IDF, Palestinians clash at activist's funeral

By NIDA TUMA
December 12, 2011 07:47

Hundreds gather for funeral of Mustafa Tamimi who died a day earlier from wounds sustained during W. Bank demonstration.

4 minute read.



Mustafa Tamimi shot with tear gas in Nebi Salah

Mustafa Tamimi being shot with tear gas in Nebi Salah 311. (photo credit: REUTERS/Haim Schwartzenberg)

Soldiers and mourners clashed Sunday on the outskirts of the West Bank village of Nabi Salih, after the funeral of Palestinian activist Mustafa Abd el-Razzak al-Tamimi, 28.

He was fatally injured by an IDF tear gas canister fired by soldiers from close range during Friday’s weekly protest in Nabi Salih across the road from the Halamish settlement.

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Tamimi was taken to the Rabin Medical Center-Beilinson Campus in Petah Tikva for treatment and was pronounced dead after a few hours.

Photos of the injury were widely spread on Facebook after an Israeli cameraman documented the shooting.

The IDF is still investigating the incident.

Tamimi worked as a taxi driver and was a regular participant in the weekly demonstrations at Nabi Salih. He was engaged to a cousin in the US.

They intended to marry next summer.

After Tamimi’s burial, angry men and youngsters went down the hill and threw rocks at the soldiers stationed at the village entrance.

The IDF fired tear gas and skunk water in response. An Israeli activist and a Palestinian were lightly injured. The army, along with border police, arrested four Israeli activists who blocked a road to keep the IDF from advancing.

The clashes marked the end of a long string of events, which began with a large funeral ceremony in Ramallah.

Tamimi’s body was then placed in an ambulance and driven to Nabi Salih, accompanied by a procession of cars, driven by relatives and mourners.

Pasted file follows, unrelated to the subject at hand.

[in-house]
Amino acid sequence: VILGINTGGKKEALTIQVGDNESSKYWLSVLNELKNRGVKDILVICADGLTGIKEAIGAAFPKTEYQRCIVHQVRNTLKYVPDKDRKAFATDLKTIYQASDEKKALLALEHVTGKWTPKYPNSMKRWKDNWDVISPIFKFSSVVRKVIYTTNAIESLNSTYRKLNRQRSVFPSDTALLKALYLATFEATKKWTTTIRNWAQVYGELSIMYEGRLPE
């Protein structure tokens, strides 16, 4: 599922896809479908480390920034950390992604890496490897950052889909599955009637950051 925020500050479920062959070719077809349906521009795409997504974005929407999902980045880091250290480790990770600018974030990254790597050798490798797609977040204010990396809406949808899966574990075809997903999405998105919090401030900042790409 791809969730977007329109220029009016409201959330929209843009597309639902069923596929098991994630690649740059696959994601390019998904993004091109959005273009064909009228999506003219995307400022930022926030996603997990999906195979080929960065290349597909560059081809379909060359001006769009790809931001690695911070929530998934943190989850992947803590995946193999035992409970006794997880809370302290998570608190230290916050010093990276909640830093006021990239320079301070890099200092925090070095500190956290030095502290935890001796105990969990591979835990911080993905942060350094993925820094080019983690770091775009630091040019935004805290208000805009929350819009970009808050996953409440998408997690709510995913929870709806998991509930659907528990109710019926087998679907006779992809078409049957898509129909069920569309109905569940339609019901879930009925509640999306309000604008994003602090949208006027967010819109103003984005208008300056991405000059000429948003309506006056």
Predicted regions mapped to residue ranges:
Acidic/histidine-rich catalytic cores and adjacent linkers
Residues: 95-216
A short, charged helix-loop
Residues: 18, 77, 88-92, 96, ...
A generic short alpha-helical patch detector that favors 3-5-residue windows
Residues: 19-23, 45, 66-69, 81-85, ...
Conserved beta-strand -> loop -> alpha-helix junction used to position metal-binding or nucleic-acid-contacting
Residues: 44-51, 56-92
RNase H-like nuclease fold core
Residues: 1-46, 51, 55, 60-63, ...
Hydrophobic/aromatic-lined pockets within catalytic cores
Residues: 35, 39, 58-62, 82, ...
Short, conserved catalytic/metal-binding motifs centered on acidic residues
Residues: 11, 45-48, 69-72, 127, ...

He was wrapped in a Palestinian flag, and his head was covered with a white and black keffiyeh.

At the village entrance many other mourners joined the procession on foot and marched to Tamimi’s family’s house.

They chanted national slogans.

They asked Tamimi to rest in peace and warned they would avenge his death.

Yellow Fatah flags were erected and shouts of “Allahu Akbar” were voiced. Some of the men present were unable to hold back their tears.

Tamimi is survived by his parents, four brothers and two sisters. His brother Odai, 19, was released from Israeli prison at the request of the Governorate of Ramallah so that he could mourn with his family. He was 10 days short of finishing a nine-month sentence.

At the family’s house, mourning women were waiting to have a final look at Tamimi. His mother, Ikhlas, 50, collapsed when her eldest son was taken from her house for the last time.

“What justice is this that a 28-year-old is buried underground?” she asked.

At the Nabi Salih mosque, Tamimi’s body was placed on the ground as village men stood for the noon prayer and a special prayer for the dead.

Friday had marked the second anniversary of the popular resistance activities in Nabi Salih.

Bashir al-Tamimi, the head of Nabi Salih village council, told The Jerusalem Post the Israeli government wanted to deliver a message to them.

“They [IDF] want us to be frightened, but we are not... We were expecting this to happen from the day we started our weekly activities,” Bashir said as he was standing outside the village mosque.

The group marched out of the mosque to where young men laid Tamimi in his final resting place. As they covered his body with earth women were ululating happily that Mustafa is a martyr who will go to heaven.

After the burial, Fatah central committee member Mahmoud al-Aloul told the crowd Tamimi was killed in cold blood from a close distance.

“Mustafa did not believe in violence, but what other options have the [Israeli] occupation left us with?” he asked.

He also condemned Republican presidential candidate Newt Gingrich’s comments against the Palestinian people, saying these remarks prove Israelis and Zionists control US foreign policy.

The popular resistance will not change, Aloul said.

“Mustafa is not the first, but we hope the last martyr,” he said.

Tamimi’s father, Abd el-Razzak, a 56-year-old taxi driver, said he believes his son was targeted.

“Four months ago, the barbaric [Israeli] army forcefully entered our house and shot a live bullet at Mustafa as he escaped from the house quickly,” he said.

Abd el-Razzak had a message for the Israeli people.

“Wake up, you should know the truth of your army and settlers,” he said, adding that he always demonstrated against the killing of innocent Israelis by Palestinians. “Why did they kill an innocent man protesting to protect his land?” he asked. The family will sue the IDF and the soldier who shot him, he said.

“I hope he [the soldier] is not bragging that he killed my son,” Abd el- Razzak said.

In the future, the mother will give her children two options: “Either we go together to the demonstration, or they don’t go at all,” she said.

Tovah Lazaroff contributed to this report.


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